Almost 54,000 people chose to ‘Get into golf’ during the summer months of April to September, inspired by England’s network of County Golf Partnerships (CGPs). And encouragingly, 35% were female!
That’s an increase of 47 per cent on the same period in 2012. The challenge now is to convert the growing interest in golf into regular, once-a-week participation.
The six-month results from 31 Partnerships, which work to increase participation at grass roots level, are detailed in the latest CGP Impact Report from England Golf. During the period, CGP activities involved a total of 53,940 people, aged 14-years and over. Of these, 15,250 (28%) were involved in structured coaching sessions with PGA professionals, and 7518 (14%) in regular, once a week activity.
Encouragingly, 35% of all participants were female. This compares very favourably with national figures which show that just 15% of all golfers are female.
Another highlight of the report was news of almost 2000 new golf club memberships, worth up to £1.4million in subscriptions to clubs across England.
Richard Flint, England Golf’s Club Services and Development Director, commented: “These results reflect the hard work and commitment of our County Golf Partnerships, which has created great interest in playing golf. Now, their goal must be to work closely with golf clubs to encourage more people to play the game more often. We all want to see many more golfers playing regular, once-a-week golf and enjoying the benefits of club membership.”
The Partnerships have focussed on the 26-plus age group and their activities have been underpinned by the national ‘Get into golf’ marketing campaign, promoting their low-cost taster sessions and beginner courses.
In this age group, just over 37,600 people have been inspired to try golf, with 11,362 (30%) following structured activities and 3753 (10%) taking regular once-a-week activity.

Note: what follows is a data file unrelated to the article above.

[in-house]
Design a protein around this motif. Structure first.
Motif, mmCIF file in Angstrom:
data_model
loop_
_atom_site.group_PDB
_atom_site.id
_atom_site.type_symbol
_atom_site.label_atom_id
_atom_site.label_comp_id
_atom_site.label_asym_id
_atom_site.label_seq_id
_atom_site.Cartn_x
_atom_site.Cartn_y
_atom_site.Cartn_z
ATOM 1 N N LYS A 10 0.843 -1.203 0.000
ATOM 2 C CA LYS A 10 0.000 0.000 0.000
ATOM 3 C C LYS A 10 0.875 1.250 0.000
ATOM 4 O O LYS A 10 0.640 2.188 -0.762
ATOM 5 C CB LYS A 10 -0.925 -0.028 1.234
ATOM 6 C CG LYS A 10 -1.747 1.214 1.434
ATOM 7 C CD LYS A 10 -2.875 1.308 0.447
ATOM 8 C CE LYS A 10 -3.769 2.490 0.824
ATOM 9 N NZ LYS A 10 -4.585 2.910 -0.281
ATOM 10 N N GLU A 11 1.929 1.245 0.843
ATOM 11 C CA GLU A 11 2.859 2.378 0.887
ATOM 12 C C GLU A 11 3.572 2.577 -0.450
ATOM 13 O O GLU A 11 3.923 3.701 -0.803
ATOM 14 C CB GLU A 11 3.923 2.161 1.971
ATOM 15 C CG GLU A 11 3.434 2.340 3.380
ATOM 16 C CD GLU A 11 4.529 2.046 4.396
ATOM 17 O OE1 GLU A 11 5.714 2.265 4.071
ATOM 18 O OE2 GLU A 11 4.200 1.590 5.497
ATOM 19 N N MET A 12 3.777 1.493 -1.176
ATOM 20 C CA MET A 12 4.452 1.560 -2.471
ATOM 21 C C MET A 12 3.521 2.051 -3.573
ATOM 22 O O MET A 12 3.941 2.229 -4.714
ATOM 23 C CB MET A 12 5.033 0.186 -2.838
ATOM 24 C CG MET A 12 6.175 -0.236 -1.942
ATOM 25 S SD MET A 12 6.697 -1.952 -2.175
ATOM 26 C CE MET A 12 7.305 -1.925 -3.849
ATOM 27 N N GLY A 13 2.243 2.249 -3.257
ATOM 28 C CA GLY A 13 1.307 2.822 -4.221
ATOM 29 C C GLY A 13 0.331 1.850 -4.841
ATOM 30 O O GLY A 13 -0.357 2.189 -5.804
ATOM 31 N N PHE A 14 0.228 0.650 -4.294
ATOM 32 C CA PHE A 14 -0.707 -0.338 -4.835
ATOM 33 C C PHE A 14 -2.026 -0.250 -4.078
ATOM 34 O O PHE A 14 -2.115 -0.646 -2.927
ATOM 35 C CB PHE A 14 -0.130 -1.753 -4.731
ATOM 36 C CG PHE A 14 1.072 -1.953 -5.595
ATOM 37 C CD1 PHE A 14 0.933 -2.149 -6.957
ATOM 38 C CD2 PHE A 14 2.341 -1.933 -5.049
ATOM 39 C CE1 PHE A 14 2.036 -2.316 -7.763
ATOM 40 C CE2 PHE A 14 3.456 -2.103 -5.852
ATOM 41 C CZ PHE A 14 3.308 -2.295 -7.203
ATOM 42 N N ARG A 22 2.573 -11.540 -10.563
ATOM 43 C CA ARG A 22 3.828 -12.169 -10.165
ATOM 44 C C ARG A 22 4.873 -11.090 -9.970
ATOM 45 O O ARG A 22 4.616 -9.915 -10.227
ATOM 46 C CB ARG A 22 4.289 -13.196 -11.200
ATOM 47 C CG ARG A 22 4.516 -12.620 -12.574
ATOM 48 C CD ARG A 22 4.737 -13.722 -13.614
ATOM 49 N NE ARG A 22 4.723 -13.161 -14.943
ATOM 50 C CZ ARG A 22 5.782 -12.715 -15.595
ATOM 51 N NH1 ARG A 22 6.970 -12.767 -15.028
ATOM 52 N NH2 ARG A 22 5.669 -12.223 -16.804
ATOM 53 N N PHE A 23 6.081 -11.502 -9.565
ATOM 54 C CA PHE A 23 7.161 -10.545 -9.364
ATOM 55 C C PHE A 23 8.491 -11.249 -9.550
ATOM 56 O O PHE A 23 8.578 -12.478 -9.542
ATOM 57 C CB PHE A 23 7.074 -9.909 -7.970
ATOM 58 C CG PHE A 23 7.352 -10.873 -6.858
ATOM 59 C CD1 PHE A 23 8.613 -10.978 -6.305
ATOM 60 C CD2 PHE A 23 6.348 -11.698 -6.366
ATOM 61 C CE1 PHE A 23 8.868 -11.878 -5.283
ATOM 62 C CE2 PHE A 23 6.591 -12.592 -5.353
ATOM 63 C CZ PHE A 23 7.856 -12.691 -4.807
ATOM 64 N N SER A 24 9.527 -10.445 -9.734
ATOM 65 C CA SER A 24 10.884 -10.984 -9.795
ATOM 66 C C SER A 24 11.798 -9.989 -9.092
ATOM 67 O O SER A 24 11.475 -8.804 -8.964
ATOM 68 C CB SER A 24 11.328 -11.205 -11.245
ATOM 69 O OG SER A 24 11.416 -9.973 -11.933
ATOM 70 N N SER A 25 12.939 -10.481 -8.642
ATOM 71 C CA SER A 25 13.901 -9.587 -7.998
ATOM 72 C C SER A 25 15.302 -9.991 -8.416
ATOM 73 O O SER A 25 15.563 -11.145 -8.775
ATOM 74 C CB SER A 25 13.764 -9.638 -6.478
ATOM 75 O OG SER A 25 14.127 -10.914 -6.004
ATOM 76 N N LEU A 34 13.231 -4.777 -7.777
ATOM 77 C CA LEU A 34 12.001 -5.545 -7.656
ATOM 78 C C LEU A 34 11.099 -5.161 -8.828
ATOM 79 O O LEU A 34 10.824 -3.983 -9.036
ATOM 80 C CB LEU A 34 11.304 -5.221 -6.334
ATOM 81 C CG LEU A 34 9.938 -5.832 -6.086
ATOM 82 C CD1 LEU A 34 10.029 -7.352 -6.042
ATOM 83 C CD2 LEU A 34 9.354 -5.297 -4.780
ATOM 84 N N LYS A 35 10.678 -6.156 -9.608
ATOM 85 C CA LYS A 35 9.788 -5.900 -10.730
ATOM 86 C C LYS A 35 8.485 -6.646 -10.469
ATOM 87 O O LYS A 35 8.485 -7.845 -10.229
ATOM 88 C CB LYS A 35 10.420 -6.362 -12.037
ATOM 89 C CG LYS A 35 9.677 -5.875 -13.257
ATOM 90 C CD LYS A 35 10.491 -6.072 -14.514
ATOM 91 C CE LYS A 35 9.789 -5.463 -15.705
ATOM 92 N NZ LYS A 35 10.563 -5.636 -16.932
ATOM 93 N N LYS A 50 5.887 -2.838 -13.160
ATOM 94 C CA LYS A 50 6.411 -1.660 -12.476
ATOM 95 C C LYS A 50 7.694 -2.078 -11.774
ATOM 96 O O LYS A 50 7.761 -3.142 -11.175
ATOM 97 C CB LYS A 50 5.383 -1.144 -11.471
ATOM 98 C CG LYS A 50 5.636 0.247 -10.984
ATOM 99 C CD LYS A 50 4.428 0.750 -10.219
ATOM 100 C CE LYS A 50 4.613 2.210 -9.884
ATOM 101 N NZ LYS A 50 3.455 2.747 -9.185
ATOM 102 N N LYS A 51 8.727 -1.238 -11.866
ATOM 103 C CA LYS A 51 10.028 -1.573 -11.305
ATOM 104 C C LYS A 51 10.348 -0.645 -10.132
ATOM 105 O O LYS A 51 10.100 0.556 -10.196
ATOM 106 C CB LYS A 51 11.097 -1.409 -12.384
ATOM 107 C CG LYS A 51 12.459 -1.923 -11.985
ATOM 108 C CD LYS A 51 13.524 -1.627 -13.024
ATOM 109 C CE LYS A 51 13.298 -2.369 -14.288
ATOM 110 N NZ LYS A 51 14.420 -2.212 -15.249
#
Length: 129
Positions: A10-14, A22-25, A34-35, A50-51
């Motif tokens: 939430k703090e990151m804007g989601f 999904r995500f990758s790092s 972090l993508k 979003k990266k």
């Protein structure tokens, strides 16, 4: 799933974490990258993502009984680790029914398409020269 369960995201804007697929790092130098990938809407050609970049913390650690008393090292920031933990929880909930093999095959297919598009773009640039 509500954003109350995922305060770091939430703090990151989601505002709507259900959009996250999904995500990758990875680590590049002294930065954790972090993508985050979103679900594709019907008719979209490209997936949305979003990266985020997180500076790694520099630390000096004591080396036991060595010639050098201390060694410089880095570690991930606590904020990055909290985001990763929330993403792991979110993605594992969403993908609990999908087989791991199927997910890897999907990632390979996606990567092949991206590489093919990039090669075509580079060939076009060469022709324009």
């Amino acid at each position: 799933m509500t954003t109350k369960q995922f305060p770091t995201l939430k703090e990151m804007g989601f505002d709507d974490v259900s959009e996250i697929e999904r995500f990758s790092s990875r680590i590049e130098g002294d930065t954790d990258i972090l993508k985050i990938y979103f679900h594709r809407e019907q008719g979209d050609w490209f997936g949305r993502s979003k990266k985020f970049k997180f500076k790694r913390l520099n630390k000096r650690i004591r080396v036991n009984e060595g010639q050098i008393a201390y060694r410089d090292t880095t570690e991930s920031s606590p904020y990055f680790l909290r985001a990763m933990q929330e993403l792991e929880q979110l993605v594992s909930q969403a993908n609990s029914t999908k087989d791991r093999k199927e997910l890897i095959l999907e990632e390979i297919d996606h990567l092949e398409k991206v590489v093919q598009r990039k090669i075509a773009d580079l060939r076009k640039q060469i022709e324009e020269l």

The CGPs are also being supported by the newly appointed England Golf Disability Officer and are running an increasing number of disability golf projects. These involved over 2600 people in the six-month period and these projects are set to grow, particularly as partnerships are developed with
national and local disability groups.
Another rapidly developing area is the new project to increase golf participation in universities and colleges. Numbers are already significant and are expected to rise as the project becomes established.
The CGPs’ achievements have a positive impact on the golf club economy. A total of 1963 new golf club memberships were reported by 26 Partnerships and, while these may include juniors, they have a value of more than £1.4m based on the average adult subscription.
In addition, participants who go on to take further structured coaching, after their initial introduction, could be investing a further £2.5 million back into the game, based on a £200 spend per person.
The CGP network is an integral part of the England Golf Partnership’s (EGP) Whole Sport Plan for golf, which is supported by Sport England National Lottery funding. The Partnerships received an investment of £528,294 from the EGP over the six months, April to September 2013.